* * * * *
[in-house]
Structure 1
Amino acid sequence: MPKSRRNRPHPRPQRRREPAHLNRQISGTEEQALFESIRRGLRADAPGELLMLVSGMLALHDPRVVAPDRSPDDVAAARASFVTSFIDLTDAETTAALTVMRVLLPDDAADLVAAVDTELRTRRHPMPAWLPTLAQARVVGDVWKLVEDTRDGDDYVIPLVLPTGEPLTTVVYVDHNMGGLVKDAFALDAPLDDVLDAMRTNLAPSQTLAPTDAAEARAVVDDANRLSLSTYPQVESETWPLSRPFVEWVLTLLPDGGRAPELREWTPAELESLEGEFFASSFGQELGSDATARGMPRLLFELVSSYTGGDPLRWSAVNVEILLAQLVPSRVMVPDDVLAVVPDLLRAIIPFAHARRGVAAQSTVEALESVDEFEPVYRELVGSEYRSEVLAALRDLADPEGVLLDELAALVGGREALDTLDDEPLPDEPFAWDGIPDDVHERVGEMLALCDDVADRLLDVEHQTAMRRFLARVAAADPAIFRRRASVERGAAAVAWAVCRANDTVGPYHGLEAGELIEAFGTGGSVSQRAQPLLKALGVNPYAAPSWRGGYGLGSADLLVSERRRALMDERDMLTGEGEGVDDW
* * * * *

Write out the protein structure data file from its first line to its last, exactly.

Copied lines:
[in-house]
Structure 1
Amino acid sequence: MPKSRRNRPHPRPQRRREPAHLNRQISGTEEQALFESIRRGLRADAPGELLMLVSGMLALHDPRVVAPDRSPDDVAAARASFVTSFIDLTDAETTAALTVMRVLLPDDAADLVAAVDTELRTRRHPMPAWLPTLAQARVVGDVWKLVEDTRDGDDYVIPLVLPTGEPLTTVVYVDHNMGGLVKDAFALDAPLDDVLDAMRTNLAPSQTLAPTDAAEARAVVDDANRLSLSTYPQVESETWPLSRPFVEWVLTLLPDGGRAPELREWTPAELESLEGEFFASSFGQELGSDATARGMPRLLFELVSSYTGGDPLRWSAVNVEILLAQLVPSRVMVPDDVLAVVPDLLRAIIPFAHARRGVAAQSTVEALESVDEFEPVYRELVGSEYRSEVLAALRDLADPEGVLLDELAALVGGREALDTLDDEPLPDEPFAWDGIPDDVHERVGEMLALCDDVADRLLDVEHQTAMRRFLARVAAADPAIFRRRASVERGAAAVAWAVCRANDTVGPYHGLEAGELIEAFGTGGSVSQRAQPLLKALGVNPYAAPSWRGGYGLGSADLLVSERRRALMDERDMLTGEGEGVDDW